CONCACAF needs to reconsider blocking Ottawa from USL play

Ottawa Fury could be prevented from playing in USL Championship in 2019 by CONCACAF

Per a press release on the team’s website, Ottawa Fury have been advised that CONCACAF is seeking to prevent them from playing in the USL Championship in 2019 and force the team to compete in the Canadian Premier League in 2019.

“This action by CONCACAF is unprecedented and simply wrong,” said Mark Goudie, President and CEO of Fury FC’s parent company, the Ottawa Sports and Entertainment Group (OSEG). “Our lawyers have requested that CONCACAF immediately provide further details on the basis for this decision. We also understand that Canada Soccer will be seeking clarification as to the rationale for CONCACAF’s decision. In the event that CONCACAF does not immediately reconsider its position, Fury FC will take all steps – including legal proceedings – so as to ensure that it will be able to continue providing professional soccer to our loyal and new fans and supporters in a league of our choosing.”

Press Release Ottawa Fury FC 

Ottawa Fury have been playing in American sanctioned leagues since their inception in 2011 when the North American Soccer League announced that Ottawa had been presented an expansion franchise.

After a three year period in which they developed Lansdowne Park, Ottawa Fury FC began their play with NASL behind the coaching of Marc Dos Santos. Ottawa Fury FC would follow a few other NASL teams in 2017 to move from NASL to USL as NASL began their legal battle with US Soccer.

Where the issue lies

The current CONCACAF president is a man by the name of Victor Montagliani. Remember that name. Montagliani was never an accomplished professional but after finding himself the president of the British Columbia Soccer Association, he ran and was elected in 2012 as the president of the Canadian Soccer Association.

Where does the issue lie? In 2016, Montagliani left Canada to become the president of CONCACAF which oversees the North America, Central America and surrounding lands soccer teams and league. Before he left, however, he became an advocate for a simple dream that is coming true in 2019, the Canadian Premier League. 

“It’s wrong,” said USL President Jake Edwards. “Forcing a team to move from the league it is scheduled to play in – and wants to play in – three months before the season starts is unacceptable. Schedules have been set, players signed, season tickets sold. It’s not fair to anyone, including the 35 other teams in our league who are being negatively affected. Allowing this to happen would set a very poor precedent and we’ll do everything in our power to support the Ottawa Fury FC.”  

Ottawa Fury Press Release

CONCACAF needs to avoid doubling down and back this situation up

It’s no secret in the soccer world that the governing bodies of the sport aren’t “respectable.” FIFA has been the scene of investigation after investigation, members of the boards have been arrested on corruption charges, and this has trickled down to other countries governing bodies, including CONCACAF.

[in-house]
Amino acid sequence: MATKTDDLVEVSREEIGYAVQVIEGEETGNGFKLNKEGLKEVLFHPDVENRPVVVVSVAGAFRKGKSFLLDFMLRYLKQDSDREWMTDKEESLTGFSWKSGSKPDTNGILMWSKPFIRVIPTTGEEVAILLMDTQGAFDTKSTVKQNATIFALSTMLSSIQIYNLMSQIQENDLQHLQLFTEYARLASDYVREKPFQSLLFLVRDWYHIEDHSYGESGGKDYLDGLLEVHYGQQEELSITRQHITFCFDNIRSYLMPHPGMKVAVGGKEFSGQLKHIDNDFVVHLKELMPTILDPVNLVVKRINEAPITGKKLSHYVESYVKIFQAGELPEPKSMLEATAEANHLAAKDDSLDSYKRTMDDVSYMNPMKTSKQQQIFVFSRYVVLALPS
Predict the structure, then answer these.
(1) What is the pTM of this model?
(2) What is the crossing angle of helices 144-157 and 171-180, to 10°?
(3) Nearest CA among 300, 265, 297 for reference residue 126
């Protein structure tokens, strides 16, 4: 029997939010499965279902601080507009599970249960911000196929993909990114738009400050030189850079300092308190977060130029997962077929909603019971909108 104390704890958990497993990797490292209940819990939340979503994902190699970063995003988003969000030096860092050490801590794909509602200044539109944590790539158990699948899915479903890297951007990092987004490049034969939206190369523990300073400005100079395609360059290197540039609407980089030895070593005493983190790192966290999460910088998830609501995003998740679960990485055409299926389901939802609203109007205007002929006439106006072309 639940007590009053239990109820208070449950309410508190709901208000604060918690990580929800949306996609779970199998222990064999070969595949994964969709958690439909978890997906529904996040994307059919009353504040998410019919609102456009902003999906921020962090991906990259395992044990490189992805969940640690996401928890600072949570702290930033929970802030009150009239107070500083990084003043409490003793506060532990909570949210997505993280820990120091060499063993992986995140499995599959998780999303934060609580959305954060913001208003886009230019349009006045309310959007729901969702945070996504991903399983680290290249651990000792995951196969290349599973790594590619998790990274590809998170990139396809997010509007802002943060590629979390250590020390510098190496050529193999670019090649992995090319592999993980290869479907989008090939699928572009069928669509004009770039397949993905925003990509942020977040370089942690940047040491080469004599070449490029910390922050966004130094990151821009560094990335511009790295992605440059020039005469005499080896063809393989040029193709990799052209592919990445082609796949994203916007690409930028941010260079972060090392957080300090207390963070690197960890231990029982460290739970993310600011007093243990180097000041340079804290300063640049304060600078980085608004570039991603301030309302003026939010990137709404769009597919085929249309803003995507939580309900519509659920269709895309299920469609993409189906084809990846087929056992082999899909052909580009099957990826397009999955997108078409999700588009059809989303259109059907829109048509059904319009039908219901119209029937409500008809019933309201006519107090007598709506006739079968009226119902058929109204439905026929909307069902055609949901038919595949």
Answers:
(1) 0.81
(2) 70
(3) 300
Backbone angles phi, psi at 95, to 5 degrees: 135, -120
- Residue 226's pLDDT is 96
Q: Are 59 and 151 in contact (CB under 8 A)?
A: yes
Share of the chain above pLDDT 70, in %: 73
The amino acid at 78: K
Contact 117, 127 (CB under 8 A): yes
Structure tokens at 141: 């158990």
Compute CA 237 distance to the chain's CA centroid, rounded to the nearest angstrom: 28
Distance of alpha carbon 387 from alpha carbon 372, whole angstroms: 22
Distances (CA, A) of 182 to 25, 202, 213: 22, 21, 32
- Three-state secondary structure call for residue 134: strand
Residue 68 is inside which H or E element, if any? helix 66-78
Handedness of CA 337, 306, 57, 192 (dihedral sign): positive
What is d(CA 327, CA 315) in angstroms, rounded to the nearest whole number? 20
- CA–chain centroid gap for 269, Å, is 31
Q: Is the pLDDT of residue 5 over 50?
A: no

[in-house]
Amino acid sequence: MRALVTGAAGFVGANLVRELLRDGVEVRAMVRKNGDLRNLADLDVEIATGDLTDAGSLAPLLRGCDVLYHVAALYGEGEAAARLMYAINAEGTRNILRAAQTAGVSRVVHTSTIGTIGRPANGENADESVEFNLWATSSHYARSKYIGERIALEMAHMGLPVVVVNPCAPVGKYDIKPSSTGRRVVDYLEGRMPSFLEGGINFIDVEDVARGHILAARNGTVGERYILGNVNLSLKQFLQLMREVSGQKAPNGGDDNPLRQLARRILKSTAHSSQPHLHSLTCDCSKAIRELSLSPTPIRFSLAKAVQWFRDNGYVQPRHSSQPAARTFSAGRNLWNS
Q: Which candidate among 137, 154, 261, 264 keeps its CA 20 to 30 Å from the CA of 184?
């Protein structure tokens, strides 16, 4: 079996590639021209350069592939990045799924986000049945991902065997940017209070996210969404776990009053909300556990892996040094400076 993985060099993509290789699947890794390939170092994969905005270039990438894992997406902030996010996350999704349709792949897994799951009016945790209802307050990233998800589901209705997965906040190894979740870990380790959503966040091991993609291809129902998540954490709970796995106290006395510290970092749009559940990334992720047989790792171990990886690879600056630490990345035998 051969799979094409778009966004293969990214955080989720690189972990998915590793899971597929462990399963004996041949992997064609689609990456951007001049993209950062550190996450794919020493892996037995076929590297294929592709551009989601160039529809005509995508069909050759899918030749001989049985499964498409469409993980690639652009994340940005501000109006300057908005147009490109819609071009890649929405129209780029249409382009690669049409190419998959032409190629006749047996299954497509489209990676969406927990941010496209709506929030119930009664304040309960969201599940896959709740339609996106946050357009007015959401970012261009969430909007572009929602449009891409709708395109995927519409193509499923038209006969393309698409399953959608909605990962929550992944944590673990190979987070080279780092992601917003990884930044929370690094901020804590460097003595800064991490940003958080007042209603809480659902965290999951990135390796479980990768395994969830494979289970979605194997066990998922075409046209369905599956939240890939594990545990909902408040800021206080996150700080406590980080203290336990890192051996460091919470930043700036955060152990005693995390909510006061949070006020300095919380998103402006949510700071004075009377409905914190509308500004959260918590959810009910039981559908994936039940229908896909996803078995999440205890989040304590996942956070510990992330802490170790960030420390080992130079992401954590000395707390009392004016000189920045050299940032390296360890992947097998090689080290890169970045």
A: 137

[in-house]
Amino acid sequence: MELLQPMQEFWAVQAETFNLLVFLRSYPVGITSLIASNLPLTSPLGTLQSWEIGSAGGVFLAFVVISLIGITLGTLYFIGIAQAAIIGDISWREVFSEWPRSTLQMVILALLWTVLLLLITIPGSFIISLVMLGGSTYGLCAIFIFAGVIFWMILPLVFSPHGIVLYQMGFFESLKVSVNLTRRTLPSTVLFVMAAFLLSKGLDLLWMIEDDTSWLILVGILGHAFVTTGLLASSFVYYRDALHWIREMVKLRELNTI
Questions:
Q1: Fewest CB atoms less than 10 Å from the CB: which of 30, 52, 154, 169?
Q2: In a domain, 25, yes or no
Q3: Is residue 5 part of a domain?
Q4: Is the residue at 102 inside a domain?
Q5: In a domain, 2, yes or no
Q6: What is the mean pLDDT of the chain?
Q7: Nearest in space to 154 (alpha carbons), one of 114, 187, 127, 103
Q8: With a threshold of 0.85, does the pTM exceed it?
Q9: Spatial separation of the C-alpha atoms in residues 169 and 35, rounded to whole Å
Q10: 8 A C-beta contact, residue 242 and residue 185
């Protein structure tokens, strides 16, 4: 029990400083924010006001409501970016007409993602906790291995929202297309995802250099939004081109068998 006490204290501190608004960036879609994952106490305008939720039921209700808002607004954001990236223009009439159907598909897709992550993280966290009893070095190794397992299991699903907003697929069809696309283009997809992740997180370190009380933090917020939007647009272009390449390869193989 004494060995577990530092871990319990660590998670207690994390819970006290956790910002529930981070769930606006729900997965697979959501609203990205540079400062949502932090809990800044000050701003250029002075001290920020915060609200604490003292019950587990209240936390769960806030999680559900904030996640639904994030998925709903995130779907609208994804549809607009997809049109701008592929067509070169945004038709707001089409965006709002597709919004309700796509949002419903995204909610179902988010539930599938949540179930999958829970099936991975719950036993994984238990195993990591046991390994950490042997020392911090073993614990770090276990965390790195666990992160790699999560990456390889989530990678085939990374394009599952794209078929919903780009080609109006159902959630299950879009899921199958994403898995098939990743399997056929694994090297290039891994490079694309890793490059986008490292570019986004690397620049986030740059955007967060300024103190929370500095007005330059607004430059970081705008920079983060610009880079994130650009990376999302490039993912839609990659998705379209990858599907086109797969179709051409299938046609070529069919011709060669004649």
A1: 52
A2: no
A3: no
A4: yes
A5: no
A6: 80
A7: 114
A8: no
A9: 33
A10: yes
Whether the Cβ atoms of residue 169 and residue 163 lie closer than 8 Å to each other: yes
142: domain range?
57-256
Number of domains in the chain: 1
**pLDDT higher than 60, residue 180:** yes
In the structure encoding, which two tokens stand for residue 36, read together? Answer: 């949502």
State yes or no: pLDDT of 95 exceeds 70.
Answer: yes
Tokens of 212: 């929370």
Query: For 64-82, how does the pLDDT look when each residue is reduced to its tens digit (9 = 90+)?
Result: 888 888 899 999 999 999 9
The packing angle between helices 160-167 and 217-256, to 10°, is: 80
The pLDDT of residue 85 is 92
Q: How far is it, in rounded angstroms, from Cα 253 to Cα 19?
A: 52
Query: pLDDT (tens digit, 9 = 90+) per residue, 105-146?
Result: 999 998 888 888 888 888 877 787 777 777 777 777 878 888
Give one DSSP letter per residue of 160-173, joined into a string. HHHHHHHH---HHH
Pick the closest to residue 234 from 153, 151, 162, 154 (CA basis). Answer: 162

While this is far from a corruption related situation, Montagliani using the weight of CONCACAF to force a team from his country that are under the umbrella of his former job is a farce and a borderline ethical issue in the sport. CONCACAF has no grounds to stomp on USSF’s and CSA’s yard given that both approved Ottawa retaining it’s place in USL Championship.

Unfortunately, in this instance, Ottawa is a victim of circumstance. With Montreal, Toronto, and Vancouver on with MLS, Ottawa was the piece that CONCACAF could get on pushing around. The problem that lies ahead is, who does the team turn to? Ottawa has made it clear that they are working to play in 2019, saying in their press release that they will be carrying on ‘business as usual.’

CONCACAF needs to back down from this. They have no grounds to realistically block a team from playing in the league they have spent the entirety of the offseason preparing for. As Jake Edwards, president of USL, said, season tickets have been sold, players signed and other deals struck to help the team succeed in 2019. CONCACAF needs to come down off their high horse and understand the standard being set. 

An overall governing body for countries can’t, and shouldn’t, stick their foot in these issues. The success of the CPL will obviously be something that Fury will watch, but why does CONCACAF feel that they need to force teams into situations? What standard does this set?

The element that seems untouched is the reaction of what the Canadian Premier League sees in this. It’s not confirmed but likely the attempted blocking of Ottawa from participating in the 2019 USL Championship season is due to a possible scheduling issue with Canada’s pro league. 

CPL only has 7 teams and adding an eighth team would help balance out the schedule. However, based on reactions to this on Ottawa’s tweet, the move by CONCACAF has possibly put the CPL into a negative light before the first ball drops for their league. 

CONCACAF needs to be step aside. It should be a team’s choice about what league they play in and Ottawa shouldn’t be pulled in any direction by a governing body. What the governing bodies should be doing is motivating and helping teams achieve their goals not dictating what their goals should be.

Photo credit: Steve Kingsman/Freestyle Photography/Ottawa Fury FC

Author

Brian Cook

Brian has followed Indy Eleven as a supporter since their birth and began covering the team in a number of capacities in 2015. He can be reached at brianfrederickcook@gmail.com or @SoccerwithBrian on Twitter.